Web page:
Does a Formal Degree Really Matter in Tech?

Many professions require college degrees or even advanced degrees, professional board exams, and licensing, but being a developer or IT professional does not, at least not in the US. Specific educational requirements make sense in many fields. Of course, you would not want surgery performed on you by a doctor who did not have the proper education and licensing. On the other hand, it’s difficult for universities to keep up with the latest programming languages, and they don’t necessarily teach all the skills needed to be successful in tech.

Even though many tech workers do not have degrees, some organizations require that applicants for technical positions have computer science degrees or at least a degree in any field before getting through to the first interview. This can keep some companies from finding talented and skilled individuals who might otherwise be perfect for the positions. Even more concerning is that experts predict the shortage of tech workers will escalate over the next few years, and this requirement could be a contributing factor.

Lack of a formal degree in computer science or engineering doesn’t seem to hold back the many developers and IT professionals who are successful in these careers without them. Tech workers often have degrees in such diverse fields as social work or music. I recently found myself at a developer event eating lunch with a newly minted Microsoft MVP, who is also an attorney.

Since completing a degree, even a nonrelated degree, is often required, what does it really bring to the table? A degree does show that the individual can commit to and successfully complete a multi-year program. Hopefully, they will learn to work with others in groups and develop critical thinking and problem-solving skills that will prepare them to work in any field they choose later.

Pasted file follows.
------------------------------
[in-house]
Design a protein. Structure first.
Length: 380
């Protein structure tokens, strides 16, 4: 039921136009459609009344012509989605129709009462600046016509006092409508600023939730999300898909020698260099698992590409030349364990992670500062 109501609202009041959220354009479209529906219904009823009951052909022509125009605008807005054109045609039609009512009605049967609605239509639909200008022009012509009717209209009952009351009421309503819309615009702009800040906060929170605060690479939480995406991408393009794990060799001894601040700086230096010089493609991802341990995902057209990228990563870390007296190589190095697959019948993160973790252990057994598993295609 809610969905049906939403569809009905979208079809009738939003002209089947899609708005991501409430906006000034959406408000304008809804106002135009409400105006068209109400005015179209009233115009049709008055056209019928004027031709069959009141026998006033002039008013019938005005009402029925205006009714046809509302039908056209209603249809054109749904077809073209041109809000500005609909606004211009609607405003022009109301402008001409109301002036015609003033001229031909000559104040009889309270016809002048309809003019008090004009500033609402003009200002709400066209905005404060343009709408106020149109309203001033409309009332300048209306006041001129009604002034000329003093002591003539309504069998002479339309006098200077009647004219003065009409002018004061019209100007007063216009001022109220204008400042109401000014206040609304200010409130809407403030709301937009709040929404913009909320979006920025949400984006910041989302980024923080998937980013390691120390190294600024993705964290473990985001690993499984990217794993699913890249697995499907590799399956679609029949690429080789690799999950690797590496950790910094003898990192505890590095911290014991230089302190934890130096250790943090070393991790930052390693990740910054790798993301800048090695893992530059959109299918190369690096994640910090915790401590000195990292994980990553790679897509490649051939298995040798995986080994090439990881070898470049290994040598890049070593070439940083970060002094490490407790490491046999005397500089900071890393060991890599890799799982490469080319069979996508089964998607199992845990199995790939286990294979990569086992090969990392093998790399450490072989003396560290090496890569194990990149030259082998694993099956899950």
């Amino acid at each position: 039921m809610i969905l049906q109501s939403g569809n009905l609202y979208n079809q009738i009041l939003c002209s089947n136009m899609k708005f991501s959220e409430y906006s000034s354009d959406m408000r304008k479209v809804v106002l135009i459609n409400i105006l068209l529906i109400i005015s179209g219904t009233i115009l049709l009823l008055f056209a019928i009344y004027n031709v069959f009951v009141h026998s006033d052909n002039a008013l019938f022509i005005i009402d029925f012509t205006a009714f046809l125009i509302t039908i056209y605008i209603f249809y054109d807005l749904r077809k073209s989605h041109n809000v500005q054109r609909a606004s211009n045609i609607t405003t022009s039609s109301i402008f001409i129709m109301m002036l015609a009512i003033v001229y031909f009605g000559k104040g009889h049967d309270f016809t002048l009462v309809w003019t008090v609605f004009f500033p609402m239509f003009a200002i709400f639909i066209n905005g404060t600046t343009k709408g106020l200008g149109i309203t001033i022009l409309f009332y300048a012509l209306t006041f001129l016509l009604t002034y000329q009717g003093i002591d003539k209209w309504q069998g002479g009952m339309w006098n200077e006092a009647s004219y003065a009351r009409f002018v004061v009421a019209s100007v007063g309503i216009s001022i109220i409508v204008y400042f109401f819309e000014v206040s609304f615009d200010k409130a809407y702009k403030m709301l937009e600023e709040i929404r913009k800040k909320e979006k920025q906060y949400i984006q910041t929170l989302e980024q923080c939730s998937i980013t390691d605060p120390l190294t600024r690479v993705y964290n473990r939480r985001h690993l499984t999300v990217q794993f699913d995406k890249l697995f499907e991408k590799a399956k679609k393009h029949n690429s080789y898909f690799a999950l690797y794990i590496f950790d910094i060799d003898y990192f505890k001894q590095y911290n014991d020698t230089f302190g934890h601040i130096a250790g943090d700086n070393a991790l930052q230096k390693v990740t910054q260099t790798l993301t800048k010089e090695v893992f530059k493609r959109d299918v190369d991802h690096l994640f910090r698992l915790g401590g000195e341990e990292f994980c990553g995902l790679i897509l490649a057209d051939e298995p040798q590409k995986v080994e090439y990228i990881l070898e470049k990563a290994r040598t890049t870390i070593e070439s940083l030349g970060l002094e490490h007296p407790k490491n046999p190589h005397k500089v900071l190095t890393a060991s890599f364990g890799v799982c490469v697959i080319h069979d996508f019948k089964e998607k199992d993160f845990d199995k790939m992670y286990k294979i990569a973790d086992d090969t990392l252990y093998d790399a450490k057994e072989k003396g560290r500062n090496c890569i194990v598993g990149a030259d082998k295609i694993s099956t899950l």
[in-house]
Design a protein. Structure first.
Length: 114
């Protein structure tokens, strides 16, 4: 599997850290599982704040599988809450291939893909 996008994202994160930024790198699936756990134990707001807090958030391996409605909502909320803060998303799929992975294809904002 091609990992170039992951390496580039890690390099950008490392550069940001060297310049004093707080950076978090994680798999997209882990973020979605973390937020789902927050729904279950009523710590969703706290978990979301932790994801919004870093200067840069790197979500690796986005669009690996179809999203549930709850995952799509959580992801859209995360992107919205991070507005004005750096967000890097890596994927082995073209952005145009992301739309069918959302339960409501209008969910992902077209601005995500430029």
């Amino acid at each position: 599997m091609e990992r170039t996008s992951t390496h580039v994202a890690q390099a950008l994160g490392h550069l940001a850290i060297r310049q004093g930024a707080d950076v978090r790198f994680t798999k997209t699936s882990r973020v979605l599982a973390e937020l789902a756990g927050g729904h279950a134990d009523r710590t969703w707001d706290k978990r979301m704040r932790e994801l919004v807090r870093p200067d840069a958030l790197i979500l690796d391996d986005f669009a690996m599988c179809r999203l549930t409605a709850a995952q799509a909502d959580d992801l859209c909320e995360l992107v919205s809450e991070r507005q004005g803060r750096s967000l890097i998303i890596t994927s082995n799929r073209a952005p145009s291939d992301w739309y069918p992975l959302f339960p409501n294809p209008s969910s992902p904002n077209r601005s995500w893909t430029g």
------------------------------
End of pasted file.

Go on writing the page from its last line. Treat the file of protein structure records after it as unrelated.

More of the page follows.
Those who have degrees in nonrelated fields, or no degrees at, will often learn their technical skills from online resources. Many of these resources are free or are relatively inexpensive. Those who choose this route may need even more discipline since they are accountable to only themselves. Some people earn professional certifications such as Microsoft’s MCSE. The quality of the Microsoft exams seems better than it was a few years ago, but real-world experience is still very important.

In the US, some nonprofit training organizations partner with corporations by offering paid apprenticeships once the candidate has been trained and tested. This eliminates many of the high barriers for talented individuals who lack traditional degrees. I volunteer with such an organization and have seen positive results.

Bill Gates, an exceptional student, famously left Harvard before graduating to found Microsoft. Steve Jobs quit college and eventually started Apple. It would be naïve to think that the average college or university student could replicate the success achieved by either of these two gentlemen by abandoning higher education. Most people will not accomplish anything on that scale, even if they do graduate. Gates and Jobs each represents the perfect intersection of vision, genius, and being at the right place at the right time when the industry was about to bloom.

A formal degree is a requirement at some organizations, yet many developers and IT professionals are successful without one. Let us know if you think a university degree should be a barrier to employment for a technical position.

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